In my own case, clearly I have not yet found a way of explaining what I am doing that has been able to get through to the editors and peer reviewers (or to other researchers in the area). That’s my failing, not theirs.

I don’t agree animals have language unless every memorized noise counts as a language.

I’m sure many people don’t agree with me. But you are missing the point. We don’t really have a clear way of characterizing “language.” We see our own language from the inside, but we only see the communication systems of other species from the outside. So we are not really in a position to determine whether they are languages.

In any case, my main point was that I don’t believe language is all that complex. I see it as simple enough that it does not need a special “Bards and Poets” explanation as to how it might have evolved.

nwrickert said:

When someone is working outside of the conventional wisdom, either he is talking nonsense and the paper should be rejected, or the editorial staff were unable to find anything important enough to be worth publishing. That’s not prejudice. That’s the editorial staff doing their job.

In my own case, clearly I have not yet found a way of explaining what I am doing that has been able to get through to the editors and peer reviewers (or to other researchers in the area). That’s my failing, not theirs.

This makes no sense to me. There is a huge camp in the evolution of language community that argues that language is a byproduct of human cognition. One of the most traditional explanations for language is that it evolved to allow humans to organize their thoughts. However, most of these proponents are not evolutionary biologists or geneticists. They are more likely to be social scientists or in the humanities. Of course, I think they are wrong because we can identify numerous anatomical features of language production that would not have evolved if language was not selected for communication. From what I can tell you are not bucking “conventional wisdom” since there is an entire, established arm of the community that would seem to agree with you. Thus I suspect that you haven’t even tried to publish your ideas.

I’m sure many people don’t agree with me. But you are missing the point. We don’t really have a clear way of characterizing “language.” We see our own language from the inside, but we only see the communication systems of other species from the outside. So we are not really in a position to determine whether they are languages.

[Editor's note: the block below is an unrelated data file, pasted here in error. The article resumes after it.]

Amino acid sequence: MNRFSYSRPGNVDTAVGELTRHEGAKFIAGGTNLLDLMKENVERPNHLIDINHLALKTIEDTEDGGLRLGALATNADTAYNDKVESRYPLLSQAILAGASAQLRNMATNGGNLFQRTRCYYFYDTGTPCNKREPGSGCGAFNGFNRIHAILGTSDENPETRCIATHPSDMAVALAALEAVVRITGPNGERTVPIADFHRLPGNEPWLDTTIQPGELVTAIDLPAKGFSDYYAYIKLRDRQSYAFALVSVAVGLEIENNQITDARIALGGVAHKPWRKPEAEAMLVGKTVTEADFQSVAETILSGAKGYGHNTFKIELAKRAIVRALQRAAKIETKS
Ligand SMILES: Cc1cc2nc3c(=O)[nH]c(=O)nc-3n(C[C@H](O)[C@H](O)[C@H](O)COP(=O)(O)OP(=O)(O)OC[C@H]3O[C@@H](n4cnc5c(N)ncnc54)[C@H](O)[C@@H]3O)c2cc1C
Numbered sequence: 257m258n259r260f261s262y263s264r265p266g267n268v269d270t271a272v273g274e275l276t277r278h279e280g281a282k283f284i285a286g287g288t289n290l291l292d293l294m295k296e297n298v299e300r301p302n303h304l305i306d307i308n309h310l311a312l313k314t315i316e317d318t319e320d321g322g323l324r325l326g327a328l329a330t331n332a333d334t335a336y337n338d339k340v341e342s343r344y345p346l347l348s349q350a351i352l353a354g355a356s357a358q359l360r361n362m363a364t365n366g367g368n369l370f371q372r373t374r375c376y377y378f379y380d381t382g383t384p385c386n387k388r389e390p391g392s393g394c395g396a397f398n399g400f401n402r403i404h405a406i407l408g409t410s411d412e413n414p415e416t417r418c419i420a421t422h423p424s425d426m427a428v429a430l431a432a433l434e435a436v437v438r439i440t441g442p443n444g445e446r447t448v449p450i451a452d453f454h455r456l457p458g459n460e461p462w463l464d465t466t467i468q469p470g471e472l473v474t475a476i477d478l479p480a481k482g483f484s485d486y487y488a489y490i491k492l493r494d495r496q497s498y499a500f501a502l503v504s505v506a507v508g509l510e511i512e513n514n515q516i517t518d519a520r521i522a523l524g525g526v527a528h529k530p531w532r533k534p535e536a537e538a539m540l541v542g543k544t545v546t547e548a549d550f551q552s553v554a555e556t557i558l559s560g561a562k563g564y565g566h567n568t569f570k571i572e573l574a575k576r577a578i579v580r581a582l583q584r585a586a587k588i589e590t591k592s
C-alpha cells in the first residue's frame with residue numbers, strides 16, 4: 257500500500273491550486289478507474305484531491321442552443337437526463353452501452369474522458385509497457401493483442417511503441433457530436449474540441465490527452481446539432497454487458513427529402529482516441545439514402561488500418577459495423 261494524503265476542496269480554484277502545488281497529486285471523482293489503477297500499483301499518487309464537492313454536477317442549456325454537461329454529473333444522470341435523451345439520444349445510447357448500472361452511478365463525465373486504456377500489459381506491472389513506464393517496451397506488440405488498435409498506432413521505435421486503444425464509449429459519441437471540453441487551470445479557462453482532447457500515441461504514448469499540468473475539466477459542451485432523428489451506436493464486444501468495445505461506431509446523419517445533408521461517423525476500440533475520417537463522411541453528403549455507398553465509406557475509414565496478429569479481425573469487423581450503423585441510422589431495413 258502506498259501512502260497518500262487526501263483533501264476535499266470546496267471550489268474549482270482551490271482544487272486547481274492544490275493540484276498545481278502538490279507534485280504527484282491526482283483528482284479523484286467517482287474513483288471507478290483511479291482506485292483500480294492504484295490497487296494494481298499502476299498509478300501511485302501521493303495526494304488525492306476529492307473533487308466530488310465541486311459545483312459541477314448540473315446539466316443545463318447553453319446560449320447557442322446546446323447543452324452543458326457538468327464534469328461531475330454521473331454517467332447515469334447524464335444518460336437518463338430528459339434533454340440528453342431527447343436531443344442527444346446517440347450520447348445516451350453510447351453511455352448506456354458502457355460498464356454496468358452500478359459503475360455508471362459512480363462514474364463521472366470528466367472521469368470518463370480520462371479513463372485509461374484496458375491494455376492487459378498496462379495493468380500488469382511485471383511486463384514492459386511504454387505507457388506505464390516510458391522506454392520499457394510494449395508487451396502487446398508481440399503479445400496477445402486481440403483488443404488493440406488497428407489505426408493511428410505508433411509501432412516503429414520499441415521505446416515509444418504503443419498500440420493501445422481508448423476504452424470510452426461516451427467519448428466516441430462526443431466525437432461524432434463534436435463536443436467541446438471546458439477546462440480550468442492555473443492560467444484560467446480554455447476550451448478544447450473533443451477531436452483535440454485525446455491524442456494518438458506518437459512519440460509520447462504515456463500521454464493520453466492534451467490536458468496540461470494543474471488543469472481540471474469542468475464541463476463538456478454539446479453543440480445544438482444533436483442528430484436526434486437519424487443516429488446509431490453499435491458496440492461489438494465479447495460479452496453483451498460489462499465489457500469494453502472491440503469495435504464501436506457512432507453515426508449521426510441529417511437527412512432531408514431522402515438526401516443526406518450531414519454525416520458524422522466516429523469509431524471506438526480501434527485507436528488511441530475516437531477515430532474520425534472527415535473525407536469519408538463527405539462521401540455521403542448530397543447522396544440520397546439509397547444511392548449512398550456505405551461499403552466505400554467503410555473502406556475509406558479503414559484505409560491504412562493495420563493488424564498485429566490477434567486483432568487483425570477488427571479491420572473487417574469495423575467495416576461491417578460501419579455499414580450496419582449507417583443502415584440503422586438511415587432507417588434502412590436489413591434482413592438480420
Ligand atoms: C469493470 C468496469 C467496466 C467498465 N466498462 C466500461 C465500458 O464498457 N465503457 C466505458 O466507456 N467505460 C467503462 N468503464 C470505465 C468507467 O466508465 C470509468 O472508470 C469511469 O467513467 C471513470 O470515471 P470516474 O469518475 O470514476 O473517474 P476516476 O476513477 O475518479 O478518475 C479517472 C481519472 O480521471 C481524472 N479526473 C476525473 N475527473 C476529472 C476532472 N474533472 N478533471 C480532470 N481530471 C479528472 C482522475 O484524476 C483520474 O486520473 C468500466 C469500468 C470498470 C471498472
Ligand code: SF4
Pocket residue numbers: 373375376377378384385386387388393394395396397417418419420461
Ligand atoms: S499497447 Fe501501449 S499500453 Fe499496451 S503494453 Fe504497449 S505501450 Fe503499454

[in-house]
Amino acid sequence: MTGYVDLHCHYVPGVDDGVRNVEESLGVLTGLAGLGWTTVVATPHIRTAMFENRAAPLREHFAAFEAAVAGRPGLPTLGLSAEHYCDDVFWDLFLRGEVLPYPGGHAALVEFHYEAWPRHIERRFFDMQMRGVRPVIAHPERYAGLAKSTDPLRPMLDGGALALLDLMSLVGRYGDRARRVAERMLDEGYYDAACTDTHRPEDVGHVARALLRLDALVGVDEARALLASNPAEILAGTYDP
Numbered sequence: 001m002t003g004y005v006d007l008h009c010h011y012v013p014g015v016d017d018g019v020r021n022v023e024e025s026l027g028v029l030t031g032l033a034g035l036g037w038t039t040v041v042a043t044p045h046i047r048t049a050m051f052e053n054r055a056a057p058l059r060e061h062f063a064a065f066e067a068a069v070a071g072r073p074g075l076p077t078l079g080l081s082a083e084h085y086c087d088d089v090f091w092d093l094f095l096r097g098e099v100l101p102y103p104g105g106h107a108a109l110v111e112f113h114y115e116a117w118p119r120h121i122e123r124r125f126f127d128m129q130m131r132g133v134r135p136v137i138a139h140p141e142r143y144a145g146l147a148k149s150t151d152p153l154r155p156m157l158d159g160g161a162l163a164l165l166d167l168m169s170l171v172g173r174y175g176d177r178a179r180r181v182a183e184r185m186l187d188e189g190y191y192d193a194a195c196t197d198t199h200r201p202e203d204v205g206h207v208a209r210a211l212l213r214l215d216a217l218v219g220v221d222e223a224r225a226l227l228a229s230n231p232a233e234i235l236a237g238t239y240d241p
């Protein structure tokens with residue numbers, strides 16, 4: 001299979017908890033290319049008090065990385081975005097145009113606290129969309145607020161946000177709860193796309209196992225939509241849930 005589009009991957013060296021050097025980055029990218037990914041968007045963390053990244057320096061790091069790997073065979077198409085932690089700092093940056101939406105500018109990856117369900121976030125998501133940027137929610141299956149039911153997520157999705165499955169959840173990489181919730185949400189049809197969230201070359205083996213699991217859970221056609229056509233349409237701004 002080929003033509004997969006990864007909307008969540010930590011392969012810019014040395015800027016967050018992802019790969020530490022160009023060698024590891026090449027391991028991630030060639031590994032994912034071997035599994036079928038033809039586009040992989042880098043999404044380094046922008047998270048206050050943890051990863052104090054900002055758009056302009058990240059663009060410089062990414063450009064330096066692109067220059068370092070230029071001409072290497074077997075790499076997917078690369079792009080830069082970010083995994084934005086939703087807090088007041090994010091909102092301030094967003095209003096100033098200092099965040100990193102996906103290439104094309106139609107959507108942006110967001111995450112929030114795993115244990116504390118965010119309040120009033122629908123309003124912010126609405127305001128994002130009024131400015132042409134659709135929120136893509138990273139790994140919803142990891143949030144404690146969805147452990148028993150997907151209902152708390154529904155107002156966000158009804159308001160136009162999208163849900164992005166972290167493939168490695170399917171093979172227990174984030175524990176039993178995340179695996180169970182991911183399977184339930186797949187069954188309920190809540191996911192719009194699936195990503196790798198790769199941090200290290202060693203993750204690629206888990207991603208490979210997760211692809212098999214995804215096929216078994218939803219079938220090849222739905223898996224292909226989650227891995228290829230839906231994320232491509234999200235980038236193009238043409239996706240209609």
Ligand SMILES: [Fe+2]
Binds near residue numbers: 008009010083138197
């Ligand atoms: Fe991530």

Again, it makes no sense for you to say this and claim to be doing research in this area. Language is typically defined as a form of communication that has a vocabulary, grammar, and syntax. In other words, in language one can take a large but limited set of concepts, and combine them using rules to produce an infinite set of meanings.

In any case, my main point was that I don’t believe language is all that complex. I see it as simple enough that it does not need a special “Bards and Poets” explanation as to how it might have evolved.

The bards and poets model does not depend on language being complex. It depends on language being under selection for communication or another social interaction. My comments about complexity are to motivate the study of language as an evolved biological system.

I should also point out that this paper went to 6 or more journals before it was accepted. And in one journal, I did get dinged by a reviewer for putting my feet too far into the “language ability is biological” camp. So clearly there are reviewers out there who would be receptive to papers that advocated that language ability is cultural.

Dave Luckett said:

But there are steps in language use from apes to humans. Gorillas and chimpanzees can be taught to use words, and signs for words, with meaning. Quite a large number have been. They are capable, not merely of parroting expressions back, but coining new expressions by themselves, and creating new expressions with new meanings - and this with intent. Their vocabularies can run into hundreds of words, quite enough for basic communication.

Where they do not equal human language use is in the overall vocabulary, and in the concepts of grammar and syntax. Apes may use words with intent for meaning, but they produce them in no particular order, and attempts to impose a particular grammar have failed. Several human language structures have been tried without success.

But the fact remains - apes can use language, albeit not at a human level. They can’t sound words, because they lack the necessary physical structures, but they can use some parts of language. Evolution explains this fact. Creation does not.

I presumed them had the same physical structures. If not then included in evolutionary ideas the structures must evolve hand in hand with the need for words or the structures evolved and then they were taken advantage of as a secondary point. For sure they don’t have the physical structures?

Your saying adult apes can be taught a bigger vocabulary then very young children? Its not memorized expressions or a row of them that is a intermediate steps in language. Language is just our thoughts expressed in sounds of received order and acceptance of meaning.

As you said apes make no order with their memorized words. So no language. In fact i would say their expressions have nothing to do with us. Our words are just ordered sounds and so we need great complexity to allow the great complexity of our thoughts. not the same thing with animals .

Dave Lovell said:

Robert Byers said: